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Jets offensive linemen starting to mesh

Mekhi Becton of the Jets, right, looks on

Mekhi Becton of the Jets, right, looks on during drills at Atlantic Health Jets Training Center on Aug. 14 in Florham Park, N.J. Credit: Getty Images/Mike Stobe

The Jets were at or near the bottom of all the important offensive stats last year, including sacks allowed. That made general manager Joe Douglas’ mission to repair the leaky offensive line.

Douglas, a former offensive lineman, did this with Sam Darnold’s health and effectiveness in mind. Now that group, with four new starters and one holdover, have four practices to come together and mesh before next Sunday’s season opener at Buffalo. They are indeed a work in progress, but Adam Gase already has seen progress with the group.

“We struggled last year overall as an offense,” Gase said. “It all starts up front. I think it makes a big difference when your GM is a former lineman. That’s going to be one position that he’s not going to want to be lacking in. He knows how important it is.

“I thought our front office did a great job of going out there, putting together the right group of guys, drafting the right guys. I feel like the chemistry is coming together.”

The Jets signed center Connor McGovern, right guard Greg Van Roten of Rockville Centre, and right tackle George Fant in free agency, and re-signed left guard Alex Lewis. A month later, they drafted 6-7, 370-pound left tackle Mekhi Becton in the first round.

They haven’t played a single game together. Because of the pandemic, OTAs and mini-camp became virtual meetings. They worked on getting to know each other and building chemistry through the meetings, a group text and playing Call of Duty together on Xbox.

“This is the closest offensive line as a whole that I’ve been a part of,” said McGovern, who spent the past four years with Denver.

“Those guys are super close,” Darnold said. “It’s a really good group. They really like each other and they’re meshing well. Hopefully we can continue that.”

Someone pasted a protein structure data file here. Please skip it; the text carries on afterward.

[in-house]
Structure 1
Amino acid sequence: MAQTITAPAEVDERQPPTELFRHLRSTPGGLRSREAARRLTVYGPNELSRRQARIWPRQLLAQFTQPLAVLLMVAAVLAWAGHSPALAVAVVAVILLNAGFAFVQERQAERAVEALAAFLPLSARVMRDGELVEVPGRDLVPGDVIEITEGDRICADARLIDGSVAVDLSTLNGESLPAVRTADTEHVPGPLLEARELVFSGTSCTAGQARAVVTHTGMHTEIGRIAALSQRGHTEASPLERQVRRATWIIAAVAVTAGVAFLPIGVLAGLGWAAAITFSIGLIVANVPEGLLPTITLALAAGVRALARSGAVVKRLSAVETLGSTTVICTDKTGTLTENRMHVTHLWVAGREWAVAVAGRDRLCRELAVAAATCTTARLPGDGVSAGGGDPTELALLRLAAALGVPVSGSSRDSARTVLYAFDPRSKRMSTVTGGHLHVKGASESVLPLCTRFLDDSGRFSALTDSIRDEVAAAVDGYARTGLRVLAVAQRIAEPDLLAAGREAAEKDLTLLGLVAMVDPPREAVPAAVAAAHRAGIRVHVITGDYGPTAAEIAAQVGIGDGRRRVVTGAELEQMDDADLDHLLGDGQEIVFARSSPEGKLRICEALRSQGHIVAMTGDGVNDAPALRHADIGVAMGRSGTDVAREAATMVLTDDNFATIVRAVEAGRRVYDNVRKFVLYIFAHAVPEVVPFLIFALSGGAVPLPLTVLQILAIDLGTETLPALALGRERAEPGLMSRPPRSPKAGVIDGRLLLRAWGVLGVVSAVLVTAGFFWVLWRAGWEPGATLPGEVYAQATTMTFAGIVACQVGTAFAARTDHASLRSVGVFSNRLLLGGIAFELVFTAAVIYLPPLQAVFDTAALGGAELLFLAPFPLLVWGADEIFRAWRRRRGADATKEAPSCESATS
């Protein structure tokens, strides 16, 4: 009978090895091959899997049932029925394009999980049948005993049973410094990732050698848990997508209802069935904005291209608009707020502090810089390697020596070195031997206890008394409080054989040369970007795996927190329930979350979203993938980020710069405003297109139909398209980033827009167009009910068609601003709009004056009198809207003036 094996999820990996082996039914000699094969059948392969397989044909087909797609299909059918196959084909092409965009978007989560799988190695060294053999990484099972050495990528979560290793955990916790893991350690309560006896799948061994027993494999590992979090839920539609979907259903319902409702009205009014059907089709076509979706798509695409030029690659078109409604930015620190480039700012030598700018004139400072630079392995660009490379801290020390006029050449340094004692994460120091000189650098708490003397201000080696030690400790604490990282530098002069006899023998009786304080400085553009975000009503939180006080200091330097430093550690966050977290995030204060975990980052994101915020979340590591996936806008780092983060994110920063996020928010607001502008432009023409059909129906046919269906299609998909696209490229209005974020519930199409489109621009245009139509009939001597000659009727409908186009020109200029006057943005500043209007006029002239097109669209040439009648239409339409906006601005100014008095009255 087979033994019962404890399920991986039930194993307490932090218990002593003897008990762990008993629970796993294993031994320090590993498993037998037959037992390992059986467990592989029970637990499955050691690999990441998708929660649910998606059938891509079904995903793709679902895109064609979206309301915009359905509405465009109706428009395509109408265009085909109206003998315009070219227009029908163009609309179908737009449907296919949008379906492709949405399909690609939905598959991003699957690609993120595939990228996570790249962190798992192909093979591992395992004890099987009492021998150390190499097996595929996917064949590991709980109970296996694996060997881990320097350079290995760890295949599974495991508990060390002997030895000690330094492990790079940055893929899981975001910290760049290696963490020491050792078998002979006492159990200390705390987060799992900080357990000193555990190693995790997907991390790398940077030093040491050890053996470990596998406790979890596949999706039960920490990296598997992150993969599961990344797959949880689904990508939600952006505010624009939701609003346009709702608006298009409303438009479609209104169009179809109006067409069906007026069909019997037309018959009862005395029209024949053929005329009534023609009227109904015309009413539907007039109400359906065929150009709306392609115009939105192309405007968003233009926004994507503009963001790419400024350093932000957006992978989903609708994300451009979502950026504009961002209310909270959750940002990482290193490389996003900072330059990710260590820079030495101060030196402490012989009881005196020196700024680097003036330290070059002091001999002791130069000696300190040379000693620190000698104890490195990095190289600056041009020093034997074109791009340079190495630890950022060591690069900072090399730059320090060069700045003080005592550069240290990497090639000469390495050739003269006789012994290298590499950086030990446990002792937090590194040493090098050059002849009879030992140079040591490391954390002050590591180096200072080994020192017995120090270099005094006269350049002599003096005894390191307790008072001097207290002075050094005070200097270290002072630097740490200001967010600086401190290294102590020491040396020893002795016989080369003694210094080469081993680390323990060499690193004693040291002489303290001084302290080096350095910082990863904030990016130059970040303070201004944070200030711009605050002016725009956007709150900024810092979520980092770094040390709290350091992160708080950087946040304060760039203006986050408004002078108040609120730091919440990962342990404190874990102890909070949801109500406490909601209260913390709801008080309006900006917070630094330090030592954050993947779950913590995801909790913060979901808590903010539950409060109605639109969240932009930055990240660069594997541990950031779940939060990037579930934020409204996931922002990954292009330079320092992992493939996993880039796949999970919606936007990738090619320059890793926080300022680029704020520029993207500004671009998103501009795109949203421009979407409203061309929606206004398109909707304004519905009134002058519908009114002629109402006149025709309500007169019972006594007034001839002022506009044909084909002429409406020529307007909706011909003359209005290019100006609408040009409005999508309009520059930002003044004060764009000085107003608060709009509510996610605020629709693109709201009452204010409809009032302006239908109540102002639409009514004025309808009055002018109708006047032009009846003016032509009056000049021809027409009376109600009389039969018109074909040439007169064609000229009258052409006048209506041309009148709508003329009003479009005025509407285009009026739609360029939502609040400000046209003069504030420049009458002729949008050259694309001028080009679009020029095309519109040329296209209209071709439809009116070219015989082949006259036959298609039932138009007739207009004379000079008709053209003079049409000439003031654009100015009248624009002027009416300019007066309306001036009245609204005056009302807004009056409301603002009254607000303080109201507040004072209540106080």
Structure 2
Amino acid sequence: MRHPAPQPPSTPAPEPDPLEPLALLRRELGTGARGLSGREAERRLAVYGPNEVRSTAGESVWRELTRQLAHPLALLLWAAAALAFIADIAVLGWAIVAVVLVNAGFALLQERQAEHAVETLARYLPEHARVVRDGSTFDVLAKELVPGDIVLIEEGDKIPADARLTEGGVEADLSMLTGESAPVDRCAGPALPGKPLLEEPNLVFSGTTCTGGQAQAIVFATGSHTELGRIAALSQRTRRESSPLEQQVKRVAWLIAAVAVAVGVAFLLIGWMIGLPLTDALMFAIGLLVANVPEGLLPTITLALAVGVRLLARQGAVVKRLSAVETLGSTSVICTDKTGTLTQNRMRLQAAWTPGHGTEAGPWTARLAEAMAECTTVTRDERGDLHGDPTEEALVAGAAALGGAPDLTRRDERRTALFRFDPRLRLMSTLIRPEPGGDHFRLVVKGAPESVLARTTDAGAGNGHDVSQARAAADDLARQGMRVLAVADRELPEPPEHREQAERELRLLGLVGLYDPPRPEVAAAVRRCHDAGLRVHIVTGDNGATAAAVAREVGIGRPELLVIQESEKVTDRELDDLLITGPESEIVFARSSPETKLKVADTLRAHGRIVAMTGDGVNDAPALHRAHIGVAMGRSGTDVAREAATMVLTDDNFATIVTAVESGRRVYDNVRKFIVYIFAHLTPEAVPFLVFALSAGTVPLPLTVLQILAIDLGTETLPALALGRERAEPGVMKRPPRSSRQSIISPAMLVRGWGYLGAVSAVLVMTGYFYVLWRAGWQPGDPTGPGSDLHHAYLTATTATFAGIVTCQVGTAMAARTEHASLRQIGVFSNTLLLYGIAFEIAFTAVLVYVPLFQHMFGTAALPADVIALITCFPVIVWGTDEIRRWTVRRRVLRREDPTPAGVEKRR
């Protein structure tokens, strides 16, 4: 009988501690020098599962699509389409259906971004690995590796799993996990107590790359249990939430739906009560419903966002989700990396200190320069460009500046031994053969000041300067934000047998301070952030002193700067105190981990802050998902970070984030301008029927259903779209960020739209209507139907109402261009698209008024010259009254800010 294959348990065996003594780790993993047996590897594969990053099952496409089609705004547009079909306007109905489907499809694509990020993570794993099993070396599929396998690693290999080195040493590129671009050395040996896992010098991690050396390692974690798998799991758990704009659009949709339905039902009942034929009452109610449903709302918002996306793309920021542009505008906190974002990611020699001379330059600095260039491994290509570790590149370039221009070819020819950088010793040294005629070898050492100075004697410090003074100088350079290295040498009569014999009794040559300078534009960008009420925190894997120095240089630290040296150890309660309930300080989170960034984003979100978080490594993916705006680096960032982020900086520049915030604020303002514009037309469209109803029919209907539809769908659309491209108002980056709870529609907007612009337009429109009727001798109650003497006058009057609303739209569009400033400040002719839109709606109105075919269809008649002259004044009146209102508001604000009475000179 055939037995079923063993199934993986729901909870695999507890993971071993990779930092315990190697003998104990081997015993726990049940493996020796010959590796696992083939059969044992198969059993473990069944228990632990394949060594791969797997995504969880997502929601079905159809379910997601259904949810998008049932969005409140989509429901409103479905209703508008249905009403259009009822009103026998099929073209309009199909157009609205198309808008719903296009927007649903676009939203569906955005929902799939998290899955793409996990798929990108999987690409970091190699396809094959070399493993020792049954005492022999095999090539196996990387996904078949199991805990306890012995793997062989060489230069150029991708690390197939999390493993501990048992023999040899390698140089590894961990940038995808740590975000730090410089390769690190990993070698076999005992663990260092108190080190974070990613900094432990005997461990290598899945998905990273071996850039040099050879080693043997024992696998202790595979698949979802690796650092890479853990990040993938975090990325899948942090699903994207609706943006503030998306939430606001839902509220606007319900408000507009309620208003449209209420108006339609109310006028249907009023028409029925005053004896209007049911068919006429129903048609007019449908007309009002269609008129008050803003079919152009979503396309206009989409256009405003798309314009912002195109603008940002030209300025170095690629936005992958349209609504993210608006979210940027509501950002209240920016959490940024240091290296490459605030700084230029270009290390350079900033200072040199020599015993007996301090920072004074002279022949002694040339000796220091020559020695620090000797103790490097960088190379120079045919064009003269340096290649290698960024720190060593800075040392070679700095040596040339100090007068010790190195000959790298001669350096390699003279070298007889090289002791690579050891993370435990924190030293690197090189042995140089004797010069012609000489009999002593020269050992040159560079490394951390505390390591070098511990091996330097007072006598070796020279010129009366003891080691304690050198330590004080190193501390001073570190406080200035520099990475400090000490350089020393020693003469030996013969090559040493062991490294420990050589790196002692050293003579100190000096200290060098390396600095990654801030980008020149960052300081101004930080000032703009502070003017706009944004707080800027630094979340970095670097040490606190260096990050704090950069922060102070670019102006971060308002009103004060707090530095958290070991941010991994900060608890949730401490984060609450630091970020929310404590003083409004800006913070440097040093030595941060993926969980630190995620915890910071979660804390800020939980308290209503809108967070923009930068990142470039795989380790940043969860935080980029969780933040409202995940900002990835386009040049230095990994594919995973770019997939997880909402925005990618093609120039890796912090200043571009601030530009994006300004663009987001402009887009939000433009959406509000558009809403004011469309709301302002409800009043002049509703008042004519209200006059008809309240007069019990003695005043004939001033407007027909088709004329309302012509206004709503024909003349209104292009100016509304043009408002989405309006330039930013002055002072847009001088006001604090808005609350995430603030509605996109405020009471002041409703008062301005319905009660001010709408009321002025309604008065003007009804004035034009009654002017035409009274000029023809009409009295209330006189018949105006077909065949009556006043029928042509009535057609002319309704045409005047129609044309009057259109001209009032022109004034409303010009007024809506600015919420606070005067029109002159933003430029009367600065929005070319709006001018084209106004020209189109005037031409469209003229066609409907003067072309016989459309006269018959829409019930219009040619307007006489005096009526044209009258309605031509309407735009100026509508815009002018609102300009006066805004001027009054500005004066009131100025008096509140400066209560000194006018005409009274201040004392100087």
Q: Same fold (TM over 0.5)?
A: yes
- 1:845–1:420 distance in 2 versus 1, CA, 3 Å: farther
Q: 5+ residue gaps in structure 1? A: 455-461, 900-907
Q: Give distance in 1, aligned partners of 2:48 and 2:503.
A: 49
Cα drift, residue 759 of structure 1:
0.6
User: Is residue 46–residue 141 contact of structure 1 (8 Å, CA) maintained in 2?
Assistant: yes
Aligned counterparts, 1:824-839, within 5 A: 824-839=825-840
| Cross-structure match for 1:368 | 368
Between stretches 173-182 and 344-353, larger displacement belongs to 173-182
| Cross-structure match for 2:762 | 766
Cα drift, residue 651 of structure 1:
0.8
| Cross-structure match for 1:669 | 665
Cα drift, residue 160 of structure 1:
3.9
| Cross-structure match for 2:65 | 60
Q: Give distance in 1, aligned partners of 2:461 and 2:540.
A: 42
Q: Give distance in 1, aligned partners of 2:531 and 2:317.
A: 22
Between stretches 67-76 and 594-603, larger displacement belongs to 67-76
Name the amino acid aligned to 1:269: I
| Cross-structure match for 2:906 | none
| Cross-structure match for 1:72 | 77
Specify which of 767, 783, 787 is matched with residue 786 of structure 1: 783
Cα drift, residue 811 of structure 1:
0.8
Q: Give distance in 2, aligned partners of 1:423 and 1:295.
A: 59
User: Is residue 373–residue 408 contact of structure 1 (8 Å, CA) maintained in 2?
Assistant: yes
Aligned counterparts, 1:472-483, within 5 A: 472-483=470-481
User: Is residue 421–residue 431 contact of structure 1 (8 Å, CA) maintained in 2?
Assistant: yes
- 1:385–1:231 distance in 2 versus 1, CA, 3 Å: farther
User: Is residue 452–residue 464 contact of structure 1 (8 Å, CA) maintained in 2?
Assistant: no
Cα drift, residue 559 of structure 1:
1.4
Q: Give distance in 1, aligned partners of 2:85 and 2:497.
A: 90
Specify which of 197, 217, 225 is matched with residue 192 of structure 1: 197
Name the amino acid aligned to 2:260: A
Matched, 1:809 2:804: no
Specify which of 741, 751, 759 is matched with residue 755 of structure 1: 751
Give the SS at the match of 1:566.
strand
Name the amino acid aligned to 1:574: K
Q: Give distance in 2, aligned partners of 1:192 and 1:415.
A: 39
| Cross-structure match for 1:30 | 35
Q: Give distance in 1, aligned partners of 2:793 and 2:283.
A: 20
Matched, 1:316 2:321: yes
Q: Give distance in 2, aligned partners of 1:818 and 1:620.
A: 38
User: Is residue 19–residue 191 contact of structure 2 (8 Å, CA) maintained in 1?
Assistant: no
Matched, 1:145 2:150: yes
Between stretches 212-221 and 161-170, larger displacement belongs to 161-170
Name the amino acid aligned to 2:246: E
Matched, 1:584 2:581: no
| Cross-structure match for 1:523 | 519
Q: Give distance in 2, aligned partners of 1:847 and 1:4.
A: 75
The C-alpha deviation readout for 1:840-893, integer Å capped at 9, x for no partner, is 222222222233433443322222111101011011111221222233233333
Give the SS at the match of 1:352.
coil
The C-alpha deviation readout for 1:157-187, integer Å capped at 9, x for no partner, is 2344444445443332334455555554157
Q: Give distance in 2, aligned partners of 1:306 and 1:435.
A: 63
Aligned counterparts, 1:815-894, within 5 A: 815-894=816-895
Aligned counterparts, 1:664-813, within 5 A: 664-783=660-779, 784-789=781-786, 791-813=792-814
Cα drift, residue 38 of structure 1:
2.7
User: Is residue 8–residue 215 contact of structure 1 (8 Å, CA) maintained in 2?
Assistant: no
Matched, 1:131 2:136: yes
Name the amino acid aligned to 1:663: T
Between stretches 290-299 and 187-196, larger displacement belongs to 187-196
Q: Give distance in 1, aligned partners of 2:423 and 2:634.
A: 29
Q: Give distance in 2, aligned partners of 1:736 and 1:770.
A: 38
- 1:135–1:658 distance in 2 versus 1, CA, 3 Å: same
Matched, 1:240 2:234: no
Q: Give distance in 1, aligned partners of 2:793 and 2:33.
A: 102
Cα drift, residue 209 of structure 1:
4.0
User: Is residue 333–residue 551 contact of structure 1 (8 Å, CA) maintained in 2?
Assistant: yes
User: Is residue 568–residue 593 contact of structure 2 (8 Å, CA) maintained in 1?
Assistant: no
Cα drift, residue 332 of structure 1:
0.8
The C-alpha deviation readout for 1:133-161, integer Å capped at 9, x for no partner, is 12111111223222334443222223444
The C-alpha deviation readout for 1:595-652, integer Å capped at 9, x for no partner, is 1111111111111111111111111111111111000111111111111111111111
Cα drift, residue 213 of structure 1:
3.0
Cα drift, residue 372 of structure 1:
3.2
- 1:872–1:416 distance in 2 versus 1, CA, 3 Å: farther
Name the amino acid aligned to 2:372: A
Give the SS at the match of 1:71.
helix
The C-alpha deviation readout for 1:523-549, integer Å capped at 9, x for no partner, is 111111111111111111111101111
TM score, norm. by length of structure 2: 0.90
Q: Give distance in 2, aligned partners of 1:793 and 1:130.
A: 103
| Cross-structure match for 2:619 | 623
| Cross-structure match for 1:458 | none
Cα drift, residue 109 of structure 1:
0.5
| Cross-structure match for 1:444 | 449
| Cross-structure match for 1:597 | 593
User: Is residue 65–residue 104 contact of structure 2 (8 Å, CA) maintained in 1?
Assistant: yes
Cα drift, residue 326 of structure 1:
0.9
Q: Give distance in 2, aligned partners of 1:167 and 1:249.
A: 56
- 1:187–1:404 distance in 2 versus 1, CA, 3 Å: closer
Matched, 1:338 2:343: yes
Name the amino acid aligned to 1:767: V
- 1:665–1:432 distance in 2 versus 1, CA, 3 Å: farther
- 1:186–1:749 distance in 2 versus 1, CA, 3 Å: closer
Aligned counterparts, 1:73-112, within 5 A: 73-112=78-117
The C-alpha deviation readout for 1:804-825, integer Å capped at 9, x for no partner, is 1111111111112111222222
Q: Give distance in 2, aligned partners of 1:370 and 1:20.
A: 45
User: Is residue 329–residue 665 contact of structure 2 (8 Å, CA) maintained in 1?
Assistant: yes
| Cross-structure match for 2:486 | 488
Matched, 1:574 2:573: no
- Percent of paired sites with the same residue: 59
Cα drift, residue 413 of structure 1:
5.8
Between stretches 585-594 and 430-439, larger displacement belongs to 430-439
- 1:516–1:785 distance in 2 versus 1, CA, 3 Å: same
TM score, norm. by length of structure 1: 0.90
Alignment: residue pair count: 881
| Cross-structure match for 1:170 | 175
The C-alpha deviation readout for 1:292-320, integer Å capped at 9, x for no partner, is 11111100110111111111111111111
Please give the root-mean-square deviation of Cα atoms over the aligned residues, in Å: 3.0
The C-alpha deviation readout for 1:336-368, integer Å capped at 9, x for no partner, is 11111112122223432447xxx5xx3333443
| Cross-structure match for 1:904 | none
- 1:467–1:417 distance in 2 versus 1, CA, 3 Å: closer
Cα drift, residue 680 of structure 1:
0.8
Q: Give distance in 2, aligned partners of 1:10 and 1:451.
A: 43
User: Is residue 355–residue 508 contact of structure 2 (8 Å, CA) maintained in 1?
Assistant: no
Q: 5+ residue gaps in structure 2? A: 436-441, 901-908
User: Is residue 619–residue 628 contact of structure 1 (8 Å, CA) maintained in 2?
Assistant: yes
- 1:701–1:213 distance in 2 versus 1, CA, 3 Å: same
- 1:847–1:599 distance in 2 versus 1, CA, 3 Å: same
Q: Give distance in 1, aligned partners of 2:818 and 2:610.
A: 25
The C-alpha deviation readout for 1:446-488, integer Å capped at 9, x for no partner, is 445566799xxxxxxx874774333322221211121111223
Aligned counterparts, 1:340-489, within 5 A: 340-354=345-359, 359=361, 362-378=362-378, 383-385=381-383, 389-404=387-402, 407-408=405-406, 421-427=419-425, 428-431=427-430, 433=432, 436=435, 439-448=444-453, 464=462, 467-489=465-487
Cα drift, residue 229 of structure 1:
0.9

They weren’t able to line up against a defense until the second week in August, and there were no preseason games. But McGovern said they’ve picked up the offense and their assignments well, and they’re limiting their mental errors.

Veteran defensive end Henry Anderson faces that front each practice, and has noticed how quickly they’ve clicked.

“For four new starters on an offensive line, with no OTAs and for only having about a month of practice together, to be where they’re at is pretty impressive,” Anderson said. “There’s not a ton of miscommunications where four guys are doing one thing and one guy is doing a completely different protection. You don’t see that. So where they are is pretty impressive.”

Of course, it needs to show up in the games.

Last year, the Jets ranked last in rushing yards per game, second from the bottom in rushing yards, and gave up the fourth-most sacks while throwing for the fourth-fewest yards. Injuries surely played a part, but there was also a lot of moving parts from the beginning.

Douglas convinced center Ryan Kalil to come of retirement during camp. But they brought him along slowly. Kalil didn’t play any preseason games. They had Jonotthan Harrison at center for much of the time until Week 1. Harrison, who the Jets waived Saturday, became the regular starting center after Kalil suffered an injury in Week 7.

This year, except for a couple of missed practices for Van Roten and Lewis, this group has been together most of the time. The Jets believe that will help as well.

“We didn’t have the chemistry that we needed [last year],” Gase said. “Right now, it’s such a different feel because of the group we have. That group is really tight, which is really cool to see.”

New York Sports